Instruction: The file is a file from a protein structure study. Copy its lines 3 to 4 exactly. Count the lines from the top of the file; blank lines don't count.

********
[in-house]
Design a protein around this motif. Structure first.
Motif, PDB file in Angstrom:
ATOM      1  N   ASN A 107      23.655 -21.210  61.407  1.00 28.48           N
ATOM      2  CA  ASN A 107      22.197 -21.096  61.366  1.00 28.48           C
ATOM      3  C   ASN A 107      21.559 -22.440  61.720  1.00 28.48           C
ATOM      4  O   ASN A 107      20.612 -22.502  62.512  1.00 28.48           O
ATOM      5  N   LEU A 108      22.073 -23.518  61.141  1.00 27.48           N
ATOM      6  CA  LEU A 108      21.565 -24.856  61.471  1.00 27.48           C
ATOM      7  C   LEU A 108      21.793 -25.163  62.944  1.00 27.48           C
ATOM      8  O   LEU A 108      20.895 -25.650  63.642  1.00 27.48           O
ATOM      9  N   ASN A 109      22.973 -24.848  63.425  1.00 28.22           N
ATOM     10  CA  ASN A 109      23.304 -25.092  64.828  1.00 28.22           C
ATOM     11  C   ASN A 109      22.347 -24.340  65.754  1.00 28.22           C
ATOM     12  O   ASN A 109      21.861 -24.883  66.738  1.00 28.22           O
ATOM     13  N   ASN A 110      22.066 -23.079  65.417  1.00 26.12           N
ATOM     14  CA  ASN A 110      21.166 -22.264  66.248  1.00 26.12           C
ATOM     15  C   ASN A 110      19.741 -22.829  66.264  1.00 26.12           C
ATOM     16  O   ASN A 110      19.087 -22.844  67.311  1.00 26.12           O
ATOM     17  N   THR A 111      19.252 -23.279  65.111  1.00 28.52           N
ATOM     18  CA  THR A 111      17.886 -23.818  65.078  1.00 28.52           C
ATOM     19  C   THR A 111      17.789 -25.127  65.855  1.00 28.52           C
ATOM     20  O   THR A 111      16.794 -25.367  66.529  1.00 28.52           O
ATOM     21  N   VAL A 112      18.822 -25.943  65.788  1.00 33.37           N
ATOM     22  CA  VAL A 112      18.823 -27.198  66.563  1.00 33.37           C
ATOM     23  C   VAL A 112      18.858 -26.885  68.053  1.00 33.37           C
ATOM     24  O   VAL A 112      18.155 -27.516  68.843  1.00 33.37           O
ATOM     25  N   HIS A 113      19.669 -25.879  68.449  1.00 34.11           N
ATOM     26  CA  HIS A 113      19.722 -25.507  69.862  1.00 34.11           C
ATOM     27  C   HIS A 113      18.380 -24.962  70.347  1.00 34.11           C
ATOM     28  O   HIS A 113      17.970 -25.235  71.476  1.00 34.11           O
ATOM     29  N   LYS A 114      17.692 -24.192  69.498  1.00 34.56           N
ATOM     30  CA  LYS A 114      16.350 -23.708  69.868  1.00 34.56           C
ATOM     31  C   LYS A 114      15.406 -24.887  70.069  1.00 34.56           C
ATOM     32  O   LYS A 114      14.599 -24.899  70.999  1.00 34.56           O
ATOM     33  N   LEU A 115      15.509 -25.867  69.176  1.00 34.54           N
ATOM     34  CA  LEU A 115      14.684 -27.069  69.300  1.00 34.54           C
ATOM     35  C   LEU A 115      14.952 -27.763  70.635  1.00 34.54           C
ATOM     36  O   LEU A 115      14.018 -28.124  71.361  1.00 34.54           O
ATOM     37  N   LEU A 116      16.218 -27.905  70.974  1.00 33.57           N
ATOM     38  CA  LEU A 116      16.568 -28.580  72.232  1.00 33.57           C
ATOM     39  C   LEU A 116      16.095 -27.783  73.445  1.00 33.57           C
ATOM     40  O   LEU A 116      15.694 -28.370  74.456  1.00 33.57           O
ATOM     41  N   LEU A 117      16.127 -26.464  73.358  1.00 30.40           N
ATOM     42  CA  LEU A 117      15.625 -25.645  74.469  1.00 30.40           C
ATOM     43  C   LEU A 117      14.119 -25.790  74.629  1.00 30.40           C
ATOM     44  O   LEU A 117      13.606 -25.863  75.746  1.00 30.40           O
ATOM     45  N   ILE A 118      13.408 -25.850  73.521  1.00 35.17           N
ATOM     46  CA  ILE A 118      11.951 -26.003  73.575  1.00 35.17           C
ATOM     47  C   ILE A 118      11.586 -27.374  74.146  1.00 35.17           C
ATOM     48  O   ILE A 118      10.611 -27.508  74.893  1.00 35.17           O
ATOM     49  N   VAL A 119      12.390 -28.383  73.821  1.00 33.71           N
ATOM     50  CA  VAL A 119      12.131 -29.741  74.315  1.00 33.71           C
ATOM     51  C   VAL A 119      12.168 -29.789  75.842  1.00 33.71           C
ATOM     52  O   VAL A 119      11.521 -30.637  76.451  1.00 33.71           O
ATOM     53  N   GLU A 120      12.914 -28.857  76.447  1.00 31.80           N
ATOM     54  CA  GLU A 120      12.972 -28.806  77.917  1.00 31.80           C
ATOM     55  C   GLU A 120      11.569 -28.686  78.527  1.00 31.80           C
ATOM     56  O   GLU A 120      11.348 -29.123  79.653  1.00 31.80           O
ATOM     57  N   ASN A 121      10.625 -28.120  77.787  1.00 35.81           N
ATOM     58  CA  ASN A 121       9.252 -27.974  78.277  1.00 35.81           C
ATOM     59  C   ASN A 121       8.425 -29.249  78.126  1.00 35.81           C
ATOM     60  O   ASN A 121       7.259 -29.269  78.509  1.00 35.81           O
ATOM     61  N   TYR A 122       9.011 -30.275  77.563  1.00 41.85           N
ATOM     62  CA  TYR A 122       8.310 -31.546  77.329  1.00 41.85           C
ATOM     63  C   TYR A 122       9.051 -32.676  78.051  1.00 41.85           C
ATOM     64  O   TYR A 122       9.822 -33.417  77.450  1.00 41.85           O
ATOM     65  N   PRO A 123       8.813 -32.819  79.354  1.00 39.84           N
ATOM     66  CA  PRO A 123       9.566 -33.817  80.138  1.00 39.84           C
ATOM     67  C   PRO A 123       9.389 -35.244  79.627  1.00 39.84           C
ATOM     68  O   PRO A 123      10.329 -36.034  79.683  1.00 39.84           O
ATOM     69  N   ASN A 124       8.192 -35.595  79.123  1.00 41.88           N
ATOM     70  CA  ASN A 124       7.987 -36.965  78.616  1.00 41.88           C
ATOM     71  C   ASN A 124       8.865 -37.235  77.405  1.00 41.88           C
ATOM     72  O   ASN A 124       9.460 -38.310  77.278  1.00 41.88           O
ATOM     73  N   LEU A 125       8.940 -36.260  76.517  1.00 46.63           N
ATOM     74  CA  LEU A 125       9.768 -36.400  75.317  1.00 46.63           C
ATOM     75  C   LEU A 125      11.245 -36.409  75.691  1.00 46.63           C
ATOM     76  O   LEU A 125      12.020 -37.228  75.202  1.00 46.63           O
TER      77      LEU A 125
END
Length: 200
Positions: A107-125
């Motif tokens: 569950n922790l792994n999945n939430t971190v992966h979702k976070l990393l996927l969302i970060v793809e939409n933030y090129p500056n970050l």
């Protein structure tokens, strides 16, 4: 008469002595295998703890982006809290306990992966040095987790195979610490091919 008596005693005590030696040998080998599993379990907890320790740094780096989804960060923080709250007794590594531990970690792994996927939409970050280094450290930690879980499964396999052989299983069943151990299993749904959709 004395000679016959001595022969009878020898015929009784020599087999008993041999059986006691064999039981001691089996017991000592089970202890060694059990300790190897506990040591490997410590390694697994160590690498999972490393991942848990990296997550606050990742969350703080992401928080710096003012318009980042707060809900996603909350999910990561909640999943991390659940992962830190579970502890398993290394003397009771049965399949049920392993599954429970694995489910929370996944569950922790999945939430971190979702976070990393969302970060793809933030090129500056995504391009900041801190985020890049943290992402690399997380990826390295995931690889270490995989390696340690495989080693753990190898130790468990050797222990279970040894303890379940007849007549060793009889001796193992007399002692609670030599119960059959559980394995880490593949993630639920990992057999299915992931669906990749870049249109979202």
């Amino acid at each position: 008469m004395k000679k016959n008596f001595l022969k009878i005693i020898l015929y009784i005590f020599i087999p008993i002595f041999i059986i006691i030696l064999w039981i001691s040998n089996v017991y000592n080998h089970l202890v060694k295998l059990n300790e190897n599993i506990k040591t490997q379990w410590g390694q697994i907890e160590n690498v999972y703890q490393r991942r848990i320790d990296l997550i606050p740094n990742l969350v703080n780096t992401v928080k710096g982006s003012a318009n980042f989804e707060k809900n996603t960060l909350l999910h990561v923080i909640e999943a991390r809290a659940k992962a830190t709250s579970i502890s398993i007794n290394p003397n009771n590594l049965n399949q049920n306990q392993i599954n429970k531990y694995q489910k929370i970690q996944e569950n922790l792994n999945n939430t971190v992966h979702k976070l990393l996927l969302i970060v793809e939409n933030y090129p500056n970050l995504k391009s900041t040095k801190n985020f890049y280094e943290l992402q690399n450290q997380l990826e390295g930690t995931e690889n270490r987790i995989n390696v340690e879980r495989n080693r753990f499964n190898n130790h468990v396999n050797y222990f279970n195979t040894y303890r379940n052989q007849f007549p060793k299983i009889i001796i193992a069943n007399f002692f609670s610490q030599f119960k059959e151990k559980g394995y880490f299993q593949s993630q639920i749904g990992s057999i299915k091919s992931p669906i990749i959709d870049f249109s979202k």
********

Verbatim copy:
Motif, PDB file in Angstrom:
ATOM      1  N   ASN A 107      23.655 -21.210  61.407  1.00 28.48           N